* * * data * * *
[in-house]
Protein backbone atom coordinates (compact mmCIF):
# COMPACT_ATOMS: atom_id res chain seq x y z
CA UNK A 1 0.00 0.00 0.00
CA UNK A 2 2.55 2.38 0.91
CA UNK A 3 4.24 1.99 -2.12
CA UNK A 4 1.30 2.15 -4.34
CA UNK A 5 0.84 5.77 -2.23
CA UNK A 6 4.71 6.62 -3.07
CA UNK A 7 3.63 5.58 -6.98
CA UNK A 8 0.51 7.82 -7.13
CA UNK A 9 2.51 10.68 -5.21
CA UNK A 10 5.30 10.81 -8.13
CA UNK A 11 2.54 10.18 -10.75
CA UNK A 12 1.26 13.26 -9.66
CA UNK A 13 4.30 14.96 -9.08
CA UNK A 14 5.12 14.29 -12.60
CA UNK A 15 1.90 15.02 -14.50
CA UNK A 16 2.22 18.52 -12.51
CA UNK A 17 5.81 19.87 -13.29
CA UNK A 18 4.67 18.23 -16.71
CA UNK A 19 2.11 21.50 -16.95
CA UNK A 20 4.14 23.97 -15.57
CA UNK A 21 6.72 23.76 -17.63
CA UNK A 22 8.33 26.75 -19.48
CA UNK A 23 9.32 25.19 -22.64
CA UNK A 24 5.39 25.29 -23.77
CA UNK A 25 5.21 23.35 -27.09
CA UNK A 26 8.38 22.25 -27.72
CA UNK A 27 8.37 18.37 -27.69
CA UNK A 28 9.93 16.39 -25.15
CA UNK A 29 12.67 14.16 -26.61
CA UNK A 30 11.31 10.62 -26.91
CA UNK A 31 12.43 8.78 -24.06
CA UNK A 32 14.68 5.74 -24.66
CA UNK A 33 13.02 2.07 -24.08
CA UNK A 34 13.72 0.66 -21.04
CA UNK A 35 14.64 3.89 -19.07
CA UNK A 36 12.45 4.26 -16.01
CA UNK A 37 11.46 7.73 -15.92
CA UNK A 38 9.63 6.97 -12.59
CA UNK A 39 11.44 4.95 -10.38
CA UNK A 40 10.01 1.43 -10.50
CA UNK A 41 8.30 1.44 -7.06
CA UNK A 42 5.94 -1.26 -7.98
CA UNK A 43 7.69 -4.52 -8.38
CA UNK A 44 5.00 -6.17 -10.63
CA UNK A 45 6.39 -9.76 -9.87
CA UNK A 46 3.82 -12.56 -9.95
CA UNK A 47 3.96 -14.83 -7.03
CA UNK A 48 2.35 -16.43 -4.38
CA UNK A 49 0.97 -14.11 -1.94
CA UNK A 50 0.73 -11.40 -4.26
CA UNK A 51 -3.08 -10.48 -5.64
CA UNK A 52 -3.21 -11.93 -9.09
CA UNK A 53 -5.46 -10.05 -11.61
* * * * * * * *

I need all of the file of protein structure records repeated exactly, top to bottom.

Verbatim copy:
[in-house]
Protein backbone atom coordinates (compact mmCIF):
# COMPACT_ATOMS: atom_id res chain seq x y z
CA UNK A 1 0.00 0.00 0.00
CA UNK A 2 2.55 2.38 0.91
CA UNK A 3 4.24 1.99 -2.12
CA UNK A 4 1.30 2.15 -4.34
CA UNK A 5 0.84 5.77 -2.23
CA UNK A 6 4.71 6.62 -3.07
CA UNK A 7 3.63 5.58 -6.98
CA UNK A 8 0.51 7.82 -7.13
CA UNK A 9 2.51 10.68 -5.21
CA UNK A 10 5.30 10.81 -8.13
CA UNK A 11 2.54 10.18 -10.75
CA UNK A 12 1.26 13.26 -9.66
CA UNK A 13 4.30 14.96 -9.08
CA UNK A 14 5.12 14.29 -12.60
CA UNK A 15 1.90 15.02 -14.50
CA UNK A 16 2.22 18.52 -12.51
CA UNK A 17 5.81 19.87 -13.29
CA UNK A 18 4.67 18.23 -16.71
CA UNK A 19 2.11 21.50 -16.95
CA UNK A 20 4.14 23.97 -15.57
CA UNK A 21 6.72 23.76 -17.63
CA UNK A 22 8.33 26.75 -19.48
CA UNK A 23 9.32 25.19 -22.64
CA UNK A 24 5.39 25.29 -23.77
CA UNK A 25 5.21 23.35 -27.09
CA UNK A 26 8.38 22.25 -27.72
CA UNK A 27 8.37 18.37 -27.69
CA UNK A 28 9.93 16.39 -25.15
CA UNK A 29 12.67 14.16 -26.61
CA UNK A 30 11.31 10.62 -26.91
CA UNK A 31 12.43 8.78 -24.06
CA UNK A 32 14.68 5.74 -24.66
CA UNK A 33 13.02 2.07 -24.08
CA UNK A 34 13.72 0.66 -21.04
CA UNK A 35 14.64 3.89 -19.07
CA UNK A 36 12.45 4.26 -16.01
CA UNK A 37 11.46 7.73 -15.92
CA UNK A 38 9.63 6.97 -12.59
CA UNK A 39 11.44 4.95 -10.38
CA UNK A 40 10.01 1.43 -10.50
CA UNK A 41 8.30 1.44 -7.06
CA UNK A 42 5.94 -1.26 -7.98
CA UNK A 43 7.69 -4.52 -8.38
CA UNK A 44 5.00 -6.17 -10.63
CA UNK A 45 6.39 -9.76 -9.87
CA UNK A 46 3.82 -12.56 -9.95
CA UNK A 47 3.96 -14.83 -7.03
CA UNK A 48 2.35 -16.43 -4.38
CA UNK A 49 0.97 -14.11 -1.94
CA UNK A 50 0.73 -11.40 -4.26
CA UNK A 51 -3.08 -10.48 -5.64
CA UNK A 52 -3.21 -11.93 -9.09
CA UNK A 53 -5.46 -10.05 -11.61